Apple’s plans to develop a car with Hyundai may have collapsed but its long-time supplier is expanding further into the automotive world.

Automotive News reports Taiwanese contract manufacturer Foxconn will develop an electric vehicle with Fisker.

The company currently manufactures, among other products, Apple’s iPhone and iPad as well as the PlayStation 4 and Xbox One.

Fisker CEO Henrik Fisker tweeted the vehicle is “revolutionary” and “might be too futuristic for some”.

That suggests Foxconn won’t be building the more conventional Ocean SUV that’s already been revealed, and arguably rules out the Alaska ute that Fisker teased last year.

The Foxconn-built vehicle will still be beaten to market by the Ocean, set to go on sale in the US in the fourth quarter of next year.

Foxconn will begin production of the Fisker-branded vehicle in the fourth quarter of 2023, and it will be sold in markets such as North America, Europe, China and India.

Annual production volume is expected to exceed 250,000 vehicles, and there are reportedly plans for US production in the works.

A source familiar with the talks told Automotive News that Fisker and Foxconn will enter a formal agreement in the second quarter of this year.

Last year, Foxconn revealed its first-ever electric vehicle platform and software platform, dubbed MIH.

According to Foxconn, the architecture can have a wheelbase between 2750mm and 3100 mm, and supports a variety of track and ride heights, making it suitable for sedans, hatches, crossovers, and people movers.

Battery packs with 93kWh, 100kWh and 116kWh can be installed. A variety of electric motors can be employed at both ends, with the initial offering consisting of 95kW, 150kW and 200kW front motors, and 150kW, 200kW, 240kW and 340kW units for the rear axle.

Earlier this month, the Taiwanese manufacturer announced it would reveal two light vehicles on its new platform in the fourth quarter of this year.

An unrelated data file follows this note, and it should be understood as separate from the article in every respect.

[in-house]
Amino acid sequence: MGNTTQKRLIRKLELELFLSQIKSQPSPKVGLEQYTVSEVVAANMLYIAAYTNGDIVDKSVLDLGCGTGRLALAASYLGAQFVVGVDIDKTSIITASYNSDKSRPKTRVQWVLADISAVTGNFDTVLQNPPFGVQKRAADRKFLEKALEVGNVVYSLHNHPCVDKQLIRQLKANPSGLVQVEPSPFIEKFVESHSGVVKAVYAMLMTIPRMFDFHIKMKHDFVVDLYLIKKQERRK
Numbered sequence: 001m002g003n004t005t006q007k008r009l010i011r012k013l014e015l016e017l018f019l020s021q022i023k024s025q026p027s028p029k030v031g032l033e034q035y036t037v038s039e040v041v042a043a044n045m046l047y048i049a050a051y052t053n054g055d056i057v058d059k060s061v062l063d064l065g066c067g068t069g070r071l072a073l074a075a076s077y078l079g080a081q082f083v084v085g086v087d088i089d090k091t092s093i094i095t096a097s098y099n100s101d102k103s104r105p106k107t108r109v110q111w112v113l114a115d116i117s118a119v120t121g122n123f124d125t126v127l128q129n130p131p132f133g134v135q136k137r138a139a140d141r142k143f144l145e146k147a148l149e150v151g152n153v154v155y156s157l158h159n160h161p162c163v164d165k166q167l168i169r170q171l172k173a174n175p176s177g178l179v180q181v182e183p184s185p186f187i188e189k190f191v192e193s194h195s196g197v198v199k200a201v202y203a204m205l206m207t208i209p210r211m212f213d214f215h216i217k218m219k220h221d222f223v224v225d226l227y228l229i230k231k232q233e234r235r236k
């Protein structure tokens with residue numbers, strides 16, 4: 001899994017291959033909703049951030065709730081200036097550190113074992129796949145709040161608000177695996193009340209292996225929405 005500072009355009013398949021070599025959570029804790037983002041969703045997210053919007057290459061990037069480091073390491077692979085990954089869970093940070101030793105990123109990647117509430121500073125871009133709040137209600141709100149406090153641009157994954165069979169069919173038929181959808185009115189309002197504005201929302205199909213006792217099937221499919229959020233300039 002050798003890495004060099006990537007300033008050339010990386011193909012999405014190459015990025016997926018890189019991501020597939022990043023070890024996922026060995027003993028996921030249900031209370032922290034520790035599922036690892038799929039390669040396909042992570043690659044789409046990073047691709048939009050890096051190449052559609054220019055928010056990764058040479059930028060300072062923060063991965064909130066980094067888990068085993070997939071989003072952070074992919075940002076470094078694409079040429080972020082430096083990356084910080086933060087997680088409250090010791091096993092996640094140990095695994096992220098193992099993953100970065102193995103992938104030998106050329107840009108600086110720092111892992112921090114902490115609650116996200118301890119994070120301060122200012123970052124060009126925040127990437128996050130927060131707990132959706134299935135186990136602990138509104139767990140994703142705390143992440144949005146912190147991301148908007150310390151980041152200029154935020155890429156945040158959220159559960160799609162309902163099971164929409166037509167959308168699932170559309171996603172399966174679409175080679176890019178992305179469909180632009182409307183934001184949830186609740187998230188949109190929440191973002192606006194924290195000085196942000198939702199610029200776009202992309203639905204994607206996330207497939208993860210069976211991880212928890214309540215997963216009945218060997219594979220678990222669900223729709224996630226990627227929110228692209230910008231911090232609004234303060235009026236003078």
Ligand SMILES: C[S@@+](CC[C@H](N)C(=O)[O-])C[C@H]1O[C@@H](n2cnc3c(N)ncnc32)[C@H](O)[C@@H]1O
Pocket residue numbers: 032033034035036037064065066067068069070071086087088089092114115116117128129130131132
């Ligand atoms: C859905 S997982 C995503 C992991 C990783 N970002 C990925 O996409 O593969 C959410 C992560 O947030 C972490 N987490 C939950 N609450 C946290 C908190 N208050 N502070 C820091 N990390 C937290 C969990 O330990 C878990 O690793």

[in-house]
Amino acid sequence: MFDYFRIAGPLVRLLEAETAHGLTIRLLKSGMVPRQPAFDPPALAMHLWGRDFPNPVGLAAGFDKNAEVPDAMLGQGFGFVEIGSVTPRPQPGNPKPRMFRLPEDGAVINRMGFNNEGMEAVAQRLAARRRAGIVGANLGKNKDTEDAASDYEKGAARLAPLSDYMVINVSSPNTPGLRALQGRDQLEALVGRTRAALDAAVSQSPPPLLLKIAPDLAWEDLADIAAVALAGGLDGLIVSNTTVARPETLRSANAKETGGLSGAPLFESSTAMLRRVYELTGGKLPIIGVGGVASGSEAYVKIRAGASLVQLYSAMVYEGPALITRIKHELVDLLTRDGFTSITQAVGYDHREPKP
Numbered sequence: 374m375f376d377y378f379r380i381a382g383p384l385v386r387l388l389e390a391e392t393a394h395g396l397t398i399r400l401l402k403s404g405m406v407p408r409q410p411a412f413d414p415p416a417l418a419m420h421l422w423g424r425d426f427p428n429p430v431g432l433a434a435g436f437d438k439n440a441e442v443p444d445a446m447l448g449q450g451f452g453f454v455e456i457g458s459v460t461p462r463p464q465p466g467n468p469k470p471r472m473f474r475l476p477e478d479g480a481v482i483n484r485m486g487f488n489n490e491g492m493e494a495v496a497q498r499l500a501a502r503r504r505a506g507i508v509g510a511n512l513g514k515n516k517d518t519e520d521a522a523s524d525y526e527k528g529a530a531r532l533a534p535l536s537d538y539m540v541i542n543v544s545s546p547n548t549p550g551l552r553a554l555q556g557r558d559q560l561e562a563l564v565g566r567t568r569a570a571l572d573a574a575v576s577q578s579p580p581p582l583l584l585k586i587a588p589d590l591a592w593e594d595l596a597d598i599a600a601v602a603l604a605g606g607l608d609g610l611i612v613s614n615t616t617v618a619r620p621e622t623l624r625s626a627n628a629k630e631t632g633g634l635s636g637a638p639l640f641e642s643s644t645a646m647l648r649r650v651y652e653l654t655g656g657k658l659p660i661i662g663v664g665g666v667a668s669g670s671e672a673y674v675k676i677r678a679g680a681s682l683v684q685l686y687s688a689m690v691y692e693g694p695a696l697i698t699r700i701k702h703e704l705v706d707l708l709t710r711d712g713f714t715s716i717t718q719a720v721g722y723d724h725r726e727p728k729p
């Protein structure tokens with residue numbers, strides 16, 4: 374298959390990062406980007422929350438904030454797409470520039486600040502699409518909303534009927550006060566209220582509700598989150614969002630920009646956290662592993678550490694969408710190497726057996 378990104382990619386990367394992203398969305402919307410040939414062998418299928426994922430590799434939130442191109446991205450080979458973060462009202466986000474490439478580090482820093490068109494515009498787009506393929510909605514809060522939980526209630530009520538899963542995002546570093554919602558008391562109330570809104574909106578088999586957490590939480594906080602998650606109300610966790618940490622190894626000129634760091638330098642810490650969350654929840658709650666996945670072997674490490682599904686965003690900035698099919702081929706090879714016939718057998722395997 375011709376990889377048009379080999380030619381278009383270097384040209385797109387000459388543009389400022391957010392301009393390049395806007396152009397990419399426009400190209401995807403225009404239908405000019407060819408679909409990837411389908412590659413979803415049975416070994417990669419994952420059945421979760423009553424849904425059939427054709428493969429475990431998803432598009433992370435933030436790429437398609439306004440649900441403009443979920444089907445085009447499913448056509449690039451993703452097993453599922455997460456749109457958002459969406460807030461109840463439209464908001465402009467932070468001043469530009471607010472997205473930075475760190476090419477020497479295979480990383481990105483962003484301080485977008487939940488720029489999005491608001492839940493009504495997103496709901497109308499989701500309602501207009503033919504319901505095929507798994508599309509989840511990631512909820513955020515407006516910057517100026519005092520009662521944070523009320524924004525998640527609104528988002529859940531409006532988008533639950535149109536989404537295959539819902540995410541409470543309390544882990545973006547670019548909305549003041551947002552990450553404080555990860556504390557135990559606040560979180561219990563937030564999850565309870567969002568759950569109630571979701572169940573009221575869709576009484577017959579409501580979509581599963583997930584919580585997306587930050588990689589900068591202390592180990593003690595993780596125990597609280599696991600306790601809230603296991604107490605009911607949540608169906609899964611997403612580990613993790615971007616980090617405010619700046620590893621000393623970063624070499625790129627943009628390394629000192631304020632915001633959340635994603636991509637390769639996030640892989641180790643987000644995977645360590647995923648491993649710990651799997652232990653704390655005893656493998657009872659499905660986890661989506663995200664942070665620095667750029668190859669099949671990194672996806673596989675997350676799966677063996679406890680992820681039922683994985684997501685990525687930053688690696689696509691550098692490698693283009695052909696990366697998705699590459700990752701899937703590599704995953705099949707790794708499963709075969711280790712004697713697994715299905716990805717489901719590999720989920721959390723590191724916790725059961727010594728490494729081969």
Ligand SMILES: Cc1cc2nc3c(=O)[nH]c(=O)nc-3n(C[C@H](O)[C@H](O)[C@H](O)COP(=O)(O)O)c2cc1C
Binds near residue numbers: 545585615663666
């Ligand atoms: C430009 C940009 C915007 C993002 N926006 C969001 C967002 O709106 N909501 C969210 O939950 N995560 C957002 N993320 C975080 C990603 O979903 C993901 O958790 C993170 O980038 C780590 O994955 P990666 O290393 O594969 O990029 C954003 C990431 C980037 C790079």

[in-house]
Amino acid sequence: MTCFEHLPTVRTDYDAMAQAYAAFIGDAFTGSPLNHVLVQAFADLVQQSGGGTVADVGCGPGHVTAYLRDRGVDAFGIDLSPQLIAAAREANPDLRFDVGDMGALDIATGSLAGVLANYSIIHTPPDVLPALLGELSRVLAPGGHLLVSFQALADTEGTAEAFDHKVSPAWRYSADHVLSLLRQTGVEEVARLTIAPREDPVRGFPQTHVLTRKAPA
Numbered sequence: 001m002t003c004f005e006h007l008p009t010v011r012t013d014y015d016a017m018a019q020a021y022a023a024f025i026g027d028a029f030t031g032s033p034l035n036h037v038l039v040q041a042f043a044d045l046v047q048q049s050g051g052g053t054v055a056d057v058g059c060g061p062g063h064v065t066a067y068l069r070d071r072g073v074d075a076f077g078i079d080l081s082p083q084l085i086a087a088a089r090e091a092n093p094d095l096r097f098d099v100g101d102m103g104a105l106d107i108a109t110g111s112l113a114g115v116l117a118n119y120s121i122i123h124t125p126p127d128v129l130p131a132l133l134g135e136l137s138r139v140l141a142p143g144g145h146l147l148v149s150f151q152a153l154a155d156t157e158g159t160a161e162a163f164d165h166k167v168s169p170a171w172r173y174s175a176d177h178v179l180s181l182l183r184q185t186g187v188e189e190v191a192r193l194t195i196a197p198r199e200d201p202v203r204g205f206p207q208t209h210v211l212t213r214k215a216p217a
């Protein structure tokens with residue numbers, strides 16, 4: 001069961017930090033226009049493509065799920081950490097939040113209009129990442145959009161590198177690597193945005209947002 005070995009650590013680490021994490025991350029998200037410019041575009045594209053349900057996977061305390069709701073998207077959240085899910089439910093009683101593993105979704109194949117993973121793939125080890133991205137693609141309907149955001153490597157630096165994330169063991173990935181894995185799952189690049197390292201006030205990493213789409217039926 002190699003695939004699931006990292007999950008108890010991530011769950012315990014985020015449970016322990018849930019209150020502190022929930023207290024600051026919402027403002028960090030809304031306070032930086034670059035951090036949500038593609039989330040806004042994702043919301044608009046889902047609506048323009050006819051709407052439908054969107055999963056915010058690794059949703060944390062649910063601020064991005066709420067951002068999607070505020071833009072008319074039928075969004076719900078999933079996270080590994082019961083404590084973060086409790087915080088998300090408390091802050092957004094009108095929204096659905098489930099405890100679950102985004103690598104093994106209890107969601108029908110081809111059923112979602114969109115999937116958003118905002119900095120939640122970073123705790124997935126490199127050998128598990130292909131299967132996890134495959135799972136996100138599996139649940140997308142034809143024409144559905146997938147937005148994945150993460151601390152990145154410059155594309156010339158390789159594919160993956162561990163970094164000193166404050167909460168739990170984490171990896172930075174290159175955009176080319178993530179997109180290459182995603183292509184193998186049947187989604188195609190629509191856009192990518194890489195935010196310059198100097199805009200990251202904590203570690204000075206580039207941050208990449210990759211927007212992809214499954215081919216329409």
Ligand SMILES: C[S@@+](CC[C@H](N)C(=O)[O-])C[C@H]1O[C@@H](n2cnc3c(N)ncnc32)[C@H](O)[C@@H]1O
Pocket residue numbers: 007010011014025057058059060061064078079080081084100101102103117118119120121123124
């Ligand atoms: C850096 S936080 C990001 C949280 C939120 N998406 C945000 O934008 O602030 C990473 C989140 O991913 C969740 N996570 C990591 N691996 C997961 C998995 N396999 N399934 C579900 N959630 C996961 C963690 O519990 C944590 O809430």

In order to bring the Android model to electric vehicles, Foxconn plans to make the EV architecture’s core software systems “open” to auto manufacturers to access, program and modify.

By making many of an EV’s core components available to use off the shelf, Foxconn is hoping to dramatically reduce the costs of developing and designing new electric cars.

The Foxconn platform supports over-the-air software updates, vehicle-to-anything communication, 5G mobile internet connectivity, and driver assistance, as well as self-driving car technology.

Foxconn claims it is also working with others on solid-state batteries, a technology which promises to both greatly decrease cost and charging time, and hopes to have it available by 2024.

Likening the Tesla range to the “iPhone of EV”, the company wants its EV platform to be the “Android of EV” – an ambitious goal, given Android devices surpass Apple devices in global market share.

Foxconn has already signed a manufacturing deal with another EV start-up, Chinese firm Byton, to build its M-Byte SUV by 2022.

It’s also working with Geely to provide production and consulting services to other automotive companies.

Rather than going it alone, Fisker – the second namesake automotive company created by Henrik Fisker – has tapped familiar names to help produce its vehicles.

In addition to the reportedly imminent deal with Foxconn, Fisker announced last year that Magna International would help build its debut model, the Ocean SUV.

William Stopford

William Stopford is an automotive journalist based in Brisbane, Australia. William is a Business/Journalism graduate from the Queensland University of Technology who loves to travel, briefly lived in the US, and has a particular interest in the American car industry.

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